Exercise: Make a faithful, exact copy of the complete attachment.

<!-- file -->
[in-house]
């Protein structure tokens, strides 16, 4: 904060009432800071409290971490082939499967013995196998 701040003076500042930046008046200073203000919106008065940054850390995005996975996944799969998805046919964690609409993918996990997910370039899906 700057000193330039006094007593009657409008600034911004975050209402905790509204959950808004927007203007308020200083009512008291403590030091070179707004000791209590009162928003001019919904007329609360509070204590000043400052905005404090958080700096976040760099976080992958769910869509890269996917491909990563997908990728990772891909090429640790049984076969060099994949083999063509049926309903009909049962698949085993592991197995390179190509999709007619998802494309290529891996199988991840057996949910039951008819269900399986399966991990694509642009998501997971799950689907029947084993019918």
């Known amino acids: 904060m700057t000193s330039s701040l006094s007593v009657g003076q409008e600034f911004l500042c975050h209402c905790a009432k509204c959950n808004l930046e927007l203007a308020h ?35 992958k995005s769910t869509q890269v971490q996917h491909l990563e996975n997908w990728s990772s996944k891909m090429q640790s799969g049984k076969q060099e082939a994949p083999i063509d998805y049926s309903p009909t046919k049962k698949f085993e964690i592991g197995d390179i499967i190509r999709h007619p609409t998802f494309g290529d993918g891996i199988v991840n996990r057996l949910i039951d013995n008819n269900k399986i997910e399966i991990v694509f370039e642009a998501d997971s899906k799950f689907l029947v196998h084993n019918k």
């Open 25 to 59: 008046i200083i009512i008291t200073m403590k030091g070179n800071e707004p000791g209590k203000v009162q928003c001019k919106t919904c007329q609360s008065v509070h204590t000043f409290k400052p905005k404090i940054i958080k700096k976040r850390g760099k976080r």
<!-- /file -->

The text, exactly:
[in-house]
């Protein structure tokens, strides 16, 4: 904060009432800071409290971490082939499967013995196998 701040003076500042930046008046200073203000919106008065940054850390995005996975996944799969998805046919964690609409993918996990997910370039899906 700057000193330039006094007593009657409008600034911004975050209402905790509204959950808004927007203007308020200083009512008291403590030091070179707004000791209590009162928003001019919904007329609360509070204590000043400052905005404090958080700096976040760099976080992958769910869509890269996917491909990563997908990728990772891909090429640790049984076969060099994949083999063509049926309903009909049962698949085993592991197995390179190509999709007619998802494309290529891996199988991840057996949910039951008819269900399986399966991990694509642009998501997971799950689907029947084993019918």
């Known amino acids: 904060m700057t000193s330039s701040l006094s007593v009657g003076q409008e600034f911004l500042c975050h209402c905790a009432k509204c959950n808004l930046e927007l203007a308020h ?35 992958k995005s769910t869509q890269v971490q996917h491909l990563e996975n997908w990728s990772s996944k891909m090429q640790s799969g049984k076969q060099e082939a994949p083999i063509d998805y049926s309903p009909t046919k049962k698949f085993e964690i592991g197995d390179i499967i190509r999709h007619p609409t998802f494309g290529d993918g891996i199988v991840n996990r057996l949910i039951d013995n008819n269900k399986i997910e399966i991990v694509f370039e642009a998501d997971s899906k799950f689907l029947v196998h084993n019918k």
């Open 25 to 59: 008046i200083i009512i008291t200073m403590k030091g070179n800071e707004p000791g209590k203000v009162q928003c001019k919106t919904c007329q609360s008065v509070h204590t000043f409290k400052p905005k404090i940054i958080k700096k976040r850390g760099k976080r």